Shop at the highest concentration of galleries in the region along Second Street. Celebrate First Friday (first Friday of every month), the night the galleries boast a grand open house.
Olde City is known for chic new restaurants, booming nightlife, coffee shops and cultural boutiques. Easy access to local highways at the East End of Center City and just north of Society Hill make this a convenient location.
Settled by Swedes in the 1600s and named for the Queen of Sweden, this area situated just to the south of Society Hill, is an eclectic and vibrant neighborhood with a strong Neighborhood Association. Architecturally you will find Colonial, contemporary and most periods in between. Queen Village’s heartbeat is Philadelphia’s famous South Street, which many compare to New York’s Greenwich Village.
Catch a quick bite or a live band in this long-standing Center City nightlife district, which is enjoying more stores, better restaurants and hipper musical and performing arts venues than ever before. Or shop at the antique stores and second-hand stores on Sixth Street or on ‘Fabric Row’ on South Fourth Street.
Washington Ave to Tasker, 6th to Broad Sts. A bustling neighborhood with lots of renovation that’s managed to keep its original character yet bringing it up to 21st century living. Passyunk Square is known for shopping and restaurants along East Passyunk Ave, including Geno’s and Pat’s Steaks, as well as many fine dining establishments. Residents are active in the neighborhood association and enjoy patronizing the Farmer’s Market and the many local businesses.
The most stylish of Center City neighborhoods is in the heart of Philadelphia with its Manhattan-esque stately Victorian brownstone apartment buildings and blocks of gracious 19th century townhouses. Rittenhouse Square (the park is located between 18th & 19th and Walnut & Locust), designed by William Penn in 1682, is one of the most treasured of the five city parks. Surrounding the park are mainly high-rise apartment buildings with some of the most prestigious in the city. They range in style from 1920′s opulence to the most contemporary. The neighborhood abuts Center City’s office and business district and has the finest in shopping.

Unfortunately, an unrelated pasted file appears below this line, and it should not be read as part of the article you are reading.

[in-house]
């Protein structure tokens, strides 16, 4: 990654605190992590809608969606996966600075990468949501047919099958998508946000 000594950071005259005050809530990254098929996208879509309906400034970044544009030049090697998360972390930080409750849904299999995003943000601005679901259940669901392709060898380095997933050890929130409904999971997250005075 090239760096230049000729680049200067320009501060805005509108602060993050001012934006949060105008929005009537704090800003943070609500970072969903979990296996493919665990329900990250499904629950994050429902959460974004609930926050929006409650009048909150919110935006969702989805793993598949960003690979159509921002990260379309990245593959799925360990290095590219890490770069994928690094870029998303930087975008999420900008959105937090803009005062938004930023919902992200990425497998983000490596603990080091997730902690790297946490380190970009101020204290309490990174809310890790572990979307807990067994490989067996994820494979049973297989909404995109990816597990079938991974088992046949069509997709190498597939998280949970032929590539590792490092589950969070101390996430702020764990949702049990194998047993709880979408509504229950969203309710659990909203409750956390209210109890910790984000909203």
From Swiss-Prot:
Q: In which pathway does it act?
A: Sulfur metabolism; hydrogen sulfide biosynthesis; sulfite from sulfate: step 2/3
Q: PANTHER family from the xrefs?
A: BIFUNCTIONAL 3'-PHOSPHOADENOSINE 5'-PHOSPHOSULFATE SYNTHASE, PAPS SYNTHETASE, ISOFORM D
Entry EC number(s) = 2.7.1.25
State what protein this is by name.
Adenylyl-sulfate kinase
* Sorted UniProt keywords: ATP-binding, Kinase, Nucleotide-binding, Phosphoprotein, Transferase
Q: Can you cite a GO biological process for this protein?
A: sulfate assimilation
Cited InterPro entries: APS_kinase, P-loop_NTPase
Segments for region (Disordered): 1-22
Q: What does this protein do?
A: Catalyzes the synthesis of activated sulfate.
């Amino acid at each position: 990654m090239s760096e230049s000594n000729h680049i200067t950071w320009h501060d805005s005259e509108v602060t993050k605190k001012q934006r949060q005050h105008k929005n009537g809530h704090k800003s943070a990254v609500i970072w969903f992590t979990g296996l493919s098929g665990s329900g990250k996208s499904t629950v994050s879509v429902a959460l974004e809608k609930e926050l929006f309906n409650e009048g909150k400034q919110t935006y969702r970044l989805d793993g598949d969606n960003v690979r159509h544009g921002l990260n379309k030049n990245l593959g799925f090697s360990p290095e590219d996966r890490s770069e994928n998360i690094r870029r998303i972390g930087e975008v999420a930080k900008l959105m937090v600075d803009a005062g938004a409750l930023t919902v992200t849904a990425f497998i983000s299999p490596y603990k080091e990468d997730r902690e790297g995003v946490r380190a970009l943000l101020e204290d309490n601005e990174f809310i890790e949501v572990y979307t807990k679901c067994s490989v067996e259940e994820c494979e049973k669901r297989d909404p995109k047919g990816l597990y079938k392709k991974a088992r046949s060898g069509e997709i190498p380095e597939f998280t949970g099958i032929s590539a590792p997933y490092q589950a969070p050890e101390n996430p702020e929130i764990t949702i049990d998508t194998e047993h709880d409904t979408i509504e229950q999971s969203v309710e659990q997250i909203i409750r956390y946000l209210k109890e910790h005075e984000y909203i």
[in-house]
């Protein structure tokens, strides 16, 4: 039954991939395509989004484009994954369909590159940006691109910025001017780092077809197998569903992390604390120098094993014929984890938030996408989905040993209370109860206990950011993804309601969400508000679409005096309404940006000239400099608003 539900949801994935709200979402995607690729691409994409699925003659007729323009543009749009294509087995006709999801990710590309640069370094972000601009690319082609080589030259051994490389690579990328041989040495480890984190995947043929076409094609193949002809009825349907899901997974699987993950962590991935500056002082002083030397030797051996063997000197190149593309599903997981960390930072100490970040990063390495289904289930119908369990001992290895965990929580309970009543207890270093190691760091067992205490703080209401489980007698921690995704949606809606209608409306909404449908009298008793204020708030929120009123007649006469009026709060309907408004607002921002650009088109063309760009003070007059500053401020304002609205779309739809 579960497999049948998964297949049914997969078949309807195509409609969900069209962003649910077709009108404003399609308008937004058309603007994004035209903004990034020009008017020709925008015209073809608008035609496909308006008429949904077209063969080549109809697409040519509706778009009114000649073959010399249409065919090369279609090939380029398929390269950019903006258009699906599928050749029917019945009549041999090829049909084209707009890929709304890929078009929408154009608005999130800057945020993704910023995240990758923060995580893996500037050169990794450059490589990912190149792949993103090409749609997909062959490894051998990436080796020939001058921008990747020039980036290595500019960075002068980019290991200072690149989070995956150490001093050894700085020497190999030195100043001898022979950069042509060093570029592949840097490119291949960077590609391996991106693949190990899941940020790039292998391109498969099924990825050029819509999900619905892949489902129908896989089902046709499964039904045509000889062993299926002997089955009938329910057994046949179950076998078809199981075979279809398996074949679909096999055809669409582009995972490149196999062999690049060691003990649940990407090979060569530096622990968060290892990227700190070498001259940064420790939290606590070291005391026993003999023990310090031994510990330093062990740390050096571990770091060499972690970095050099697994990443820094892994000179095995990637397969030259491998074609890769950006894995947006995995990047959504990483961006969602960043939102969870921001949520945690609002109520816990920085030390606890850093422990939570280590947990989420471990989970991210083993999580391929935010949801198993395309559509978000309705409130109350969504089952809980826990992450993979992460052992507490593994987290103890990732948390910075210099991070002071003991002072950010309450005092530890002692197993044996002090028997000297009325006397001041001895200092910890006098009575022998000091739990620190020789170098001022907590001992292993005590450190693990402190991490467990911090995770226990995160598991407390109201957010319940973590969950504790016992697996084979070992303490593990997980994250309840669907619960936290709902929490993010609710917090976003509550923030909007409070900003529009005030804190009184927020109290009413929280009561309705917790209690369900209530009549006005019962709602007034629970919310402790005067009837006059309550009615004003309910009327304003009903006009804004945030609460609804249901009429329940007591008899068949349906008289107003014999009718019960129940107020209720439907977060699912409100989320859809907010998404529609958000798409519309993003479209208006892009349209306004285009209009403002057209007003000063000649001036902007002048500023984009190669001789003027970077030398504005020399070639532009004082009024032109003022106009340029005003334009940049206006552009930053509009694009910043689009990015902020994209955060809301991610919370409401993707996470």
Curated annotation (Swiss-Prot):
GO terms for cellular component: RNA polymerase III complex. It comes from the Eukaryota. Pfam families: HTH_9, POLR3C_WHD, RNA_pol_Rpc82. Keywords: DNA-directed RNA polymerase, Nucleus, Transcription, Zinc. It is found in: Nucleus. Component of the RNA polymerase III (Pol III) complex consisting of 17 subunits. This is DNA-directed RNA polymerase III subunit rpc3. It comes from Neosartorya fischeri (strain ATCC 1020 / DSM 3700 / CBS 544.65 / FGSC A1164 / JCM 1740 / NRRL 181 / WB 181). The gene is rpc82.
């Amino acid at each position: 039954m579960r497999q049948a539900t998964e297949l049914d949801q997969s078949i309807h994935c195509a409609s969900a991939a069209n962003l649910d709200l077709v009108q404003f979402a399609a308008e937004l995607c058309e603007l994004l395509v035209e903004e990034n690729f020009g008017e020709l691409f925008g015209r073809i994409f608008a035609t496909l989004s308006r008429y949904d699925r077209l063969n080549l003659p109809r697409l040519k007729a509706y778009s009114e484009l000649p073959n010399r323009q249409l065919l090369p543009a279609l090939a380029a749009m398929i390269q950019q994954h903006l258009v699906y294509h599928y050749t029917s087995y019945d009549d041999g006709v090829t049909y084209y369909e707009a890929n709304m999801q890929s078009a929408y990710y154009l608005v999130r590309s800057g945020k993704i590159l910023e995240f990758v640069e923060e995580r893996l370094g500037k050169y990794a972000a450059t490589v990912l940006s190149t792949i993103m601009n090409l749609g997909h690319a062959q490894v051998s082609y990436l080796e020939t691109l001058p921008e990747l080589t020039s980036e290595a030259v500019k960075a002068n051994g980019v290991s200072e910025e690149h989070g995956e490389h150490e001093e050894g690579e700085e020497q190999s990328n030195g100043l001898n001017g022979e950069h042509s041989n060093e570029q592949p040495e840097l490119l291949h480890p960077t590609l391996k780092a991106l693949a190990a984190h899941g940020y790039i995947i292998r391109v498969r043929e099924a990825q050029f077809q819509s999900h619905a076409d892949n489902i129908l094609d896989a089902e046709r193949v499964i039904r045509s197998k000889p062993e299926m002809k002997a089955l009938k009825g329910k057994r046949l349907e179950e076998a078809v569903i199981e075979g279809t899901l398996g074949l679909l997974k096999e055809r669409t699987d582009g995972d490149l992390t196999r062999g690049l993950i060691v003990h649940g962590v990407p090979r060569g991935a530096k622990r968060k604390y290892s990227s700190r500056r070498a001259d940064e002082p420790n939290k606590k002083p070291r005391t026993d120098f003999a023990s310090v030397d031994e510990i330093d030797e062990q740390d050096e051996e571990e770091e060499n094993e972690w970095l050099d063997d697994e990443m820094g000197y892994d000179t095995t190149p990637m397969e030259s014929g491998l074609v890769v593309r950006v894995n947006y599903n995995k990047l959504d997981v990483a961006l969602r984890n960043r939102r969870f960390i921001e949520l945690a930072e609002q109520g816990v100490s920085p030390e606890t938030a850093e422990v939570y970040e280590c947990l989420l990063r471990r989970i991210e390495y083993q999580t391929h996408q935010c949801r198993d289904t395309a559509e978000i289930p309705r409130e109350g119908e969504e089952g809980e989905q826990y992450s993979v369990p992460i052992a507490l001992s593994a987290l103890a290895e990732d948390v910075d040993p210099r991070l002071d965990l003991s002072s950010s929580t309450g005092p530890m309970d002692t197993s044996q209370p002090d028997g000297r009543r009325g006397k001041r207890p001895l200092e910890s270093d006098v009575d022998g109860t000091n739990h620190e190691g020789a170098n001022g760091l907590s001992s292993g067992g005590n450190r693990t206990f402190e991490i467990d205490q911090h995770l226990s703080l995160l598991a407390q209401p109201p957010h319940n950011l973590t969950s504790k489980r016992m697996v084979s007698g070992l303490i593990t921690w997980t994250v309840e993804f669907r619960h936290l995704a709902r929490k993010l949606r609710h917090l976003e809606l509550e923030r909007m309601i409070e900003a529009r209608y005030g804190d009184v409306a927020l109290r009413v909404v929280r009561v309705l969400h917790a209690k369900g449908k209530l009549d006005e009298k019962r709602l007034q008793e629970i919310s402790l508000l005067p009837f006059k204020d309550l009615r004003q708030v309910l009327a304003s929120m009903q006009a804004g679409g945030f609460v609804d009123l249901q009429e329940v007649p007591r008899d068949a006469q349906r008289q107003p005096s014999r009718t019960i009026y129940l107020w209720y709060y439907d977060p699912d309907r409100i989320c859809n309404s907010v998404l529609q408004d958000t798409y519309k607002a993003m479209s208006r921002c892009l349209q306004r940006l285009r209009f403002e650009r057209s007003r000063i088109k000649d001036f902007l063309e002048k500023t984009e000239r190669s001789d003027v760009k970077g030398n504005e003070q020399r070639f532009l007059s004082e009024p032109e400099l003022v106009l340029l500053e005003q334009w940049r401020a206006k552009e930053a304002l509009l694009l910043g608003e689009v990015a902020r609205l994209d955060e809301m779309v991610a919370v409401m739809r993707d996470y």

Dine at internationally renowned restaurants and then stroll to the Avenue of the Arts for a performance by the Opera Company of Philadelphia, The Philadelphia Orchestra, the Pennsylvania Ballet, or plays at the Merriam and Wilma theaters.
One of the premier historic neighborhoods in the country, where beautifully renovated Colonial homes on charming cobblestone streets exist in harmony with luxury modern high-rise buildings. Society Hill boundary’s are between Lombard and Walnut, Front and 8th Streets.
Shop at unique stores, at specialty shops along South Street, Headhouse Row, and Center City or crafts fairs under the historic market shed at the old Headhouse. This Colonial area offers some of the city’s finest restaurants, theaters and museums with the Ritz Movie Theaters at your fingertips. You can jog, ice skate, or ride bikes, or attend wonderful musical and entertainment events, including fireworks at New Year’s and the Fourth of July at Penn’s Landing.
Life is quite enjoyable off the Benjamin Franklin Parkway in Spring Garden and Logan Square, with easy access to some of the finest museums and cultural institutions in the world. This neighborhood is great for children, with easy access to the Please Touch Museum, the Franklin Institute, and the Academy of Natural Sciences.
Washington Square West
As the name implies, this area is west of Washington Square Park, and neighbored on the east by Society Hill. Its location is extremely central, within walking distance of Center City’s business district. ‘Wash West’ is a neighborhood where coffee houses host poetry readings, and you have shops, cafes and nightspots at your fingertips. Live on cozy cobblestone streets like Camac and Hutchinson or in condos in the grand houses of Strickland Row on Spruce Street.
Shop at the eclectic stores on Pine Street’s Antique Row. Be dazzled by the choices along Jeweler’s Row in the vicinity of 8th and Sansom. Dine at fine local restaurants, then catch a show at the Forrest Theater or historic Walnut Street Theater.